Sepsis can induce an overwhelming systemic inflammatory response, resulting in organ damage and death. Suppressor of cytokine signaling 1 (SOCS1) negatively regulates signaling by cytokine receptors and Toll-like receptors (TLRs). However, the cellular targets and molecular mechanisms for SOCS1 activity during polymicrobial sepsis are unknown. To address this, we utilized a cecal ligation and puncture (CLP) model for sepsis; C57BL/6 mice subjected to CLP were then treated with a peptide (iKIR) that binds the SOCS1 kinase inhibitory region (KIR) and blocks its activity. Treatment with iKIR increased CLP-induced mortality, bacterial burden, and inflammatory cytokine production. Myeloid cell–specific SOCS1 deletion (Socs1Δmyel) mice were also more susceptible to sepsis, demonstrating increased mortality, higher bacterial loads, and elevated inflammatory cytokines, compared with Socs1fl littermate controls. These effects were accompanied by macrophage metabolic reprograming, as evidenced by increased lactic acid production and elevated expression of the glycolytic enzymes hexokinase, lactate dehydrogenase A, and glucose transporter 1 in septic Socs1Δmyel mice. Upregulation was dependent on the STAT3/HIF-1α/glycolysis axis, and blocking glycolysis ameliorated increased susceptibility to sepsis in iKIR-treated CLP mice. These results reveal a role of SOCS1 as a regulator of metabolic reprograming that prevents overwhelming inflammatory response and organ damage during sepsis.
Annie Rocio Piñeros Alvarez, Nicole Glosson-Byers, Stephanie Brandt, Soujuan Wang, Hector Wong, Sarah Sturgeon, Brian Paul McCarthy, Paul R. Territo, Jose Carlos Alves-Filho, C. Henrique Serezani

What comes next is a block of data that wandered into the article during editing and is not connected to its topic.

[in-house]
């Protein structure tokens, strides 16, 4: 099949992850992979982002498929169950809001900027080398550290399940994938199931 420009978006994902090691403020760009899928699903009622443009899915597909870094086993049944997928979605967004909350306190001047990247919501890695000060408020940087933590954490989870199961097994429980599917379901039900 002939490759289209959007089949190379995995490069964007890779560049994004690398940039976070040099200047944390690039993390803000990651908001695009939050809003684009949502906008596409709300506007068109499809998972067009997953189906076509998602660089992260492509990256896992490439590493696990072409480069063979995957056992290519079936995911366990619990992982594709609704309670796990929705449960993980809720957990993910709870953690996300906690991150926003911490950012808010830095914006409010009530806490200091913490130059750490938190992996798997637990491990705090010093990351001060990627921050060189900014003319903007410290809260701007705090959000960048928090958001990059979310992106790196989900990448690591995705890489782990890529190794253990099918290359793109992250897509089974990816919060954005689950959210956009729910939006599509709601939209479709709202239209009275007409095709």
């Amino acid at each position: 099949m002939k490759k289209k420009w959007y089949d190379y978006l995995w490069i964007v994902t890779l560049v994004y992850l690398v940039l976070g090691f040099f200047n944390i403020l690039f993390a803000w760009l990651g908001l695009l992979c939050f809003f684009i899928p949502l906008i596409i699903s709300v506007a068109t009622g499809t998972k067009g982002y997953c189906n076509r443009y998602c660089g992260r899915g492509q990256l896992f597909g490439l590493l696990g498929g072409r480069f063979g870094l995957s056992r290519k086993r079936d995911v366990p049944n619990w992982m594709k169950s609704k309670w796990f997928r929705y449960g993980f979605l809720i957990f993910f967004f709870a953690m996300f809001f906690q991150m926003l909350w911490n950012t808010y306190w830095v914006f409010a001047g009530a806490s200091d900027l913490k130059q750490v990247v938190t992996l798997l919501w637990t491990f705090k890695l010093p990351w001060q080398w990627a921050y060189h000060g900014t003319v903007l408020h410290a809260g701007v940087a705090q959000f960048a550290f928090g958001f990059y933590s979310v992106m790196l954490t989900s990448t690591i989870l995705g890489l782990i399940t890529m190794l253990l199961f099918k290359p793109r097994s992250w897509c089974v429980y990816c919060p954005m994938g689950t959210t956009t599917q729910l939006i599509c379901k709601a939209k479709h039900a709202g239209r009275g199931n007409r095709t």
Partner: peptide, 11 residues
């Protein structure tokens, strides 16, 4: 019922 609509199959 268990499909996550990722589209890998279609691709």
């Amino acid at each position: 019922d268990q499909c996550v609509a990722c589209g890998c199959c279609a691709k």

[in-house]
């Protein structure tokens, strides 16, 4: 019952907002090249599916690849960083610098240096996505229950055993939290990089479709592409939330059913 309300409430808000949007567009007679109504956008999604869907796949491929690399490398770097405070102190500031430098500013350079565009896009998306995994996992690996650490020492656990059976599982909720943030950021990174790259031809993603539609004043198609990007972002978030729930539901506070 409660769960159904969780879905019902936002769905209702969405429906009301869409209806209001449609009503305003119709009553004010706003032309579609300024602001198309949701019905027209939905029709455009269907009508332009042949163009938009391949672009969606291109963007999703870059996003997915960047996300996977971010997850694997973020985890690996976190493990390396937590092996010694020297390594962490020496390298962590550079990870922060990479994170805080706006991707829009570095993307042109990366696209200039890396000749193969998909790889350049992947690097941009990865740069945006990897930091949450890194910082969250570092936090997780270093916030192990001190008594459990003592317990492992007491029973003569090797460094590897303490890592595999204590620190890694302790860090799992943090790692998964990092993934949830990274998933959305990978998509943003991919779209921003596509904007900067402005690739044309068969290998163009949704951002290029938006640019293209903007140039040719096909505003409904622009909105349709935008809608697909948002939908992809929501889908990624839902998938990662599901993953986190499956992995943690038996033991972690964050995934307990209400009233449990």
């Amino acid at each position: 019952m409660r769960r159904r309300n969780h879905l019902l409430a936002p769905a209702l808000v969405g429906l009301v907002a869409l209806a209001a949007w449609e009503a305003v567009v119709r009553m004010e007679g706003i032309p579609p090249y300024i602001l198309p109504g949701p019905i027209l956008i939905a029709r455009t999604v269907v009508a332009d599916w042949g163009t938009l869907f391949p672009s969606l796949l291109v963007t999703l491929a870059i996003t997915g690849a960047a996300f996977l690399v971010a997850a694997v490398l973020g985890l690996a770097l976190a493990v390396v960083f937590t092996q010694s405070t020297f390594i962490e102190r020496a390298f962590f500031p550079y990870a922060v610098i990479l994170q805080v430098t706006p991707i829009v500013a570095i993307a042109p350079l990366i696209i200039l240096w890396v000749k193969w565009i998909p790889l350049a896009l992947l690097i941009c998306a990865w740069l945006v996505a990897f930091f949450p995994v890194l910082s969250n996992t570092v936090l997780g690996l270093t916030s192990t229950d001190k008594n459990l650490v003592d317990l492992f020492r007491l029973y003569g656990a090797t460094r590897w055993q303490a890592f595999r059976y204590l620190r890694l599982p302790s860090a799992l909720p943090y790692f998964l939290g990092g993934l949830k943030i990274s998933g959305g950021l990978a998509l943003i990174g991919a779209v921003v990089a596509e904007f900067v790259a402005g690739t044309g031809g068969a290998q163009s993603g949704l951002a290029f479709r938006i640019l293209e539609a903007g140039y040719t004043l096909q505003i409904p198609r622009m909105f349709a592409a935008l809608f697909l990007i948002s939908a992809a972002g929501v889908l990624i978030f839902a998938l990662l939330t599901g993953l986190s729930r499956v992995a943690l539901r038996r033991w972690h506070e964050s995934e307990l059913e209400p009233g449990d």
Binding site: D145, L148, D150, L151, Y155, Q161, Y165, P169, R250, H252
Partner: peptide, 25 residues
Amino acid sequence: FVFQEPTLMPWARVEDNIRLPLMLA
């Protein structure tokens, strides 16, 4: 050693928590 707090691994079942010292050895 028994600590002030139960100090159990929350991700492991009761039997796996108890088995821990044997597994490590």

BACKGROUND. Both seasonal and novel avian influenza viruses can result in severe infections requiring hospitalization. Anti-influenza antibodies (Abs) with Fc-mediated effector functions, such as Ab-dependent cellular cytotoxicity (ADCC), are of growing interest in control of influenza but have not previously been studied during severe human infections. As such, the objective of this study was to examine Fc-mediated Ab functions in humans hospitalized with influenza infection. METHODS. Serum Ab response was studied in subjects hospitalized with either pandemic H7N9 avian influenza virus in China (n = 18) or circulating seasonal influenza viruses in Melbourne, Australia (n = 16). Recombinant soluble Fc receptor dimer ELISAs, natural killer (NK) cell activation assays, and Ab-dependent killing assays with influenza-infected target cells were used to assess the Fc functionality of anti-influenza hemagglutinin (HA) Abs during severe human influenza infection. RESULTS. We found that the peak generation of Fc functional HA Abs preceded that of neutralizing Abs for both severe H7N9 and seasonal influenza infections. Subjects who succumbed to complications of H7N9 infection demonstrated reduced HA-specific Fc receptor–binding Abs (in magnitude and breadth) immediately prior to death compared with those who survived. Subjects who recovered from H7N9 and severe seasonal influenza infections demonstrated increased Fc receptor–binding Abs not only against the homologous infecting strain but against HAs from different influenza A subtypes. CONCLUSION. Collectively, survivors of severe influenza infection rapidly generate a functional Ab response capable of mediating ADCC against divergent influenza viruses. Broadly binding HA Abs with Fc-mediated functions may be a useful component of protective immunity to severe influenza infection. FUNDING. The National Health and Medical Research Council ([NHMRC] grants 1023294, 1041832, and 1071916), the Australian Department of Health, and the joint University of Melbourne/Fudan University International Research and Research Training Fund provided funding for this study.